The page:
For information only - not an official document
5 November 2015
As prepared for delivery
Remarks of the UNODC Executive Director, Yury Fedotov:
Side event: 6th Forum of Parliamentarians, Panel 1: Partnerships to Curtail Corruption in the Pacific
St. Petersburg, 5 November 2015
ST. PETERSBURG/VIENNA, 5 November 2015 (UN Information Service) - Allow me to begin by commending the efforts of the Global Organization of Parliamentarians against Corruption as it continues to engage with members of parliaments around the world to step up the fight against corruption.
The Yogyakarta Declaration agreed at the recent sixth Global Conference of GOPAC shows how parliamentarians can also seek to lead and advance anti-corruption action.
This declaration not only draws on the UN Convention against Corruption and its Review Mechanism, but it goes a step further by advocating for the use of legal action to pursue perpetrators of grand corruption, which is one of the topics for your discussion today.
UNODC, as guardian of the UN Convention against Corruption, remains committed to working with all our partners in the fight against corruption.
This is of particular importance in light of Agenda 2030 and its Goal Sixteen, which calls for reducing corruption and bribery, among other targets, to promote justice and accountable institutions; and Goal Seventeen, which calls for enhancing partnerships for sustainable development.
How the Conference of the States Parties and the Implementation Review Mechanism can contribute to efforts to implement Agenda 2030 is a major theme of our forum here in St. Petersburg.
The particular challenges faced by Small Island Developing States in the fight against corruption is also the focus of a resolution under discussion by delegates.
I hope that your discussion today will also provide some concrete examples of how we can work together, drawing on our comparative advantages, to promote partnerships for anti-corruption action.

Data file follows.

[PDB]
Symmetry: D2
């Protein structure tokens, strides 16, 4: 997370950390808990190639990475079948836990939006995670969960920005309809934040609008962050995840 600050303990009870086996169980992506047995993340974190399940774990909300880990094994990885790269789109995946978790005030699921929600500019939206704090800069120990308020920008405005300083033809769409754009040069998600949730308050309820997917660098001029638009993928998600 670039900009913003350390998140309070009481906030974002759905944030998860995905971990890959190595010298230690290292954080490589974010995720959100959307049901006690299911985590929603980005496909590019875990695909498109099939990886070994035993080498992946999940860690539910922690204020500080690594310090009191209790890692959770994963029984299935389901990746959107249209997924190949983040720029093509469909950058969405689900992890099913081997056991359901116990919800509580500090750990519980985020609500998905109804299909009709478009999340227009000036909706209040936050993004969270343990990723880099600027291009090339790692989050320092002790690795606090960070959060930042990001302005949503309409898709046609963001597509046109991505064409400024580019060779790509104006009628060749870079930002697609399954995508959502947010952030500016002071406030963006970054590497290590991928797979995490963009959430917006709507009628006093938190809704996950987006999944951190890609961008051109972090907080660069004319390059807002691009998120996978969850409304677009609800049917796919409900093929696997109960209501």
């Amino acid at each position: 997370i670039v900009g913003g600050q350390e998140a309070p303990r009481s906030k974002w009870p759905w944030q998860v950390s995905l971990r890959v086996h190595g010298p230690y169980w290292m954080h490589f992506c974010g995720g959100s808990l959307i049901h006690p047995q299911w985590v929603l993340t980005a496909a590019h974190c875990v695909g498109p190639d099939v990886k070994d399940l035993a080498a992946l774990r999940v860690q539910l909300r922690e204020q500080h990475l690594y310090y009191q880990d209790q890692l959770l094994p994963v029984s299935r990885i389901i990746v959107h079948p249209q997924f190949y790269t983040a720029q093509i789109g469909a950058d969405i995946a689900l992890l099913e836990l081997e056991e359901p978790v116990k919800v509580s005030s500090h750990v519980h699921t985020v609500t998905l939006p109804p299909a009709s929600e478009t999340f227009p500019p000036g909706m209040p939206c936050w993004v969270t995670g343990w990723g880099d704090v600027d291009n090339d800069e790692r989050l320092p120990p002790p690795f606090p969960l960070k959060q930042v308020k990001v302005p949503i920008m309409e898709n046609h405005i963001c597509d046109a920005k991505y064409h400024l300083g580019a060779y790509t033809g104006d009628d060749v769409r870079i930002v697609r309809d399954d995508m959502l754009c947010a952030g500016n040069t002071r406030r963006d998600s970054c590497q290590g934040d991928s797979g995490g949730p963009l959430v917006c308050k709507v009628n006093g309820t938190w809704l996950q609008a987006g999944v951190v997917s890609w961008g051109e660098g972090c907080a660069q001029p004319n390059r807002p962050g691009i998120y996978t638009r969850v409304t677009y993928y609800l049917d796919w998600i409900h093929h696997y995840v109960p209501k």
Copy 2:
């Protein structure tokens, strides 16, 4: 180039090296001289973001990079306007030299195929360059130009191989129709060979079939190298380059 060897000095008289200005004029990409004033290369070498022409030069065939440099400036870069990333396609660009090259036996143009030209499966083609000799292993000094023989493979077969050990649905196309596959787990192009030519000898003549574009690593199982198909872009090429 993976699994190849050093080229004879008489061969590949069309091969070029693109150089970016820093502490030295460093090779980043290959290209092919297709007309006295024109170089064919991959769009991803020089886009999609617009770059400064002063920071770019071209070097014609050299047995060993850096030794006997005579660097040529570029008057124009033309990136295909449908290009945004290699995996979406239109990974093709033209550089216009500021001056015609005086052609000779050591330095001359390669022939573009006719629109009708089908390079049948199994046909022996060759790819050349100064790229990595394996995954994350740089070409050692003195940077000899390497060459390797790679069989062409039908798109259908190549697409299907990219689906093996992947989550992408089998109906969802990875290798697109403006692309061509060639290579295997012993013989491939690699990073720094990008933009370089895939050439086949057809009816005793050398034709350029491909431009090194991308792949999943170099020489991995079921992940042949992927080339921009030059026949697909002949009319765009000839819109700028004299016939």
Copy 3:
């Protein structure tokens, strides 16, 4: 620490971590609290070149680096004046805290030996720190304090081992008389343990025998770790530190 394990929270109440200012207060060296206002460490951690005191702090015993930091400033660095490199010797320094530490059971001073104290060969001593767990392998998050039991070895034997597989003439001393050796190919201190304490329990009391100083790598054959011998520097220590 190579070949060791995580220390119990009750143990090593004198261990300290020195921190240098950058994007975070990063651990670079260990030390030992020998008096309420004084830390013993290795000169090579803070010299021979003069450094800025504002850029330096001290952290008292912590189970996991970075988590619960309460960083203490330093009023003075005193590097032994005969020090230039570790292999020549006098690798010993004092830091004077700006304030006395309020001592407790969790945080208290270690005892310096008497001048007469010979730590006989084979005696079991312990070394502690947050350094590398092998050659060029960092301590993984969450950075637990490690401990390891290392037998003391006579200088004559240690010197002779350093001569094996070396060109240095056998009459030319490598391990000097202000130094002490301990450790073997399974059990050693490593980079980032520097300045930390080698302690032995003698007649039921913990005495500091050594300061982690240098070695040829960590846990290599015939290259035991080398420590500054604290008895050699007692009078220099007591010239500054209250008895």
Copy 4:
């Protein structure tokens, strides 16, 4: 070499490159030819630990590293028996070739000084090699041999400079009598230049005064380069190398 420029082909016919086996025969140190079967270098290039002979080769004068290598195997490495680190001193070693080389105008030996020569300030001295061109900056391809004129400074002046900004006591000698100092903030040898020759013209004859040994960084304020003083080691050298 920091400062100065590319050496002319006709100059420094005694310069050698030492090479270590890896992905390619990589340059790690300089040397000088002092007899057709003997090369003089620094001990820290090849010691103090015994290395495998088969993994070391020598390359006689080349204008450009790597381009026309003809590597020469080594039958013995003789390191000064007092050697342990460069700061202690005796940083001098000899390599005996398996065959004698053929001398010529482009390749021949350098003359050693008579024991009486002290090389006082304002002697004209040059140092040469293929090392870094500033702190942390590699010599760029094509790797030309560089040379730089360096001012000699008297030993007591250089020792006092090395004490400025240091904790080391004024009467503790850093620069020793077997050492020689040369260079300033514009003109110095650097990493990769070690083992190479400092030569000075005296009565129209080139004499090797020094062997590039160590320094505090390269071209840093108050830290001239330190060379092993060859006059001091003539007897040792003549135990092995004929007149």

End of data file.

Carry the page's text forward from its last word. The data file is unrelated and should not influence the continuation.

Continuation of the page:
This includes the UN Pacific Regional Anti-Corruption Project, which is jointly implemented by UNODC and UNDP.
We help Pacific Island countries fight corruption by supporting:
1) Ratification of the Convention, which now has 11 States parties in the Pacific;
2) Effective implementation of the UNCAC through policies, laws, measures and institutional frameworks. Here Parliamentarians obviously play an essential role; and
3) Engagement in the UNCAC processes, such as the Implementation Review Mechanism.
In this regard, I wish to commend the Pacific for being the first region to have completed all of its reviews for the first cycle.
The UN Pacific Regional Anti-Corruption Project has worked with a number of organizations and technical assistance actors across the region, but a key partner has been GOPAC.
Together with GOPAC, the Project has successfully worked with parliamentarians to foster a shared appreciation of corruption risks and impacts, as well as to establish means for seeking joint solutions, including through the creation of GOPAC Chapters and the Standing Committee on Anti-Corruption.
I look forward to hearing more about this work from the Cook Islands and the Kingdom of Tonga during the first panel.
Another example, which will be discussed today is the Stolen Asset Recovery Initiative, a partnership between UNODC and the World Bank Group that supports international efforts to end safe havens for corrupt funds.
These partnerships can provide a solid foundation for collective action to end corruption and promote accountability, transparency and sustainable development.
Our meeting today is a good opportunity to discuss how we can foster these efforts, and for UNODC to learn how we can further support you in this fight.
Thank you, and I wish you a fruitful discussion.
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to the UN Convention against Corruption
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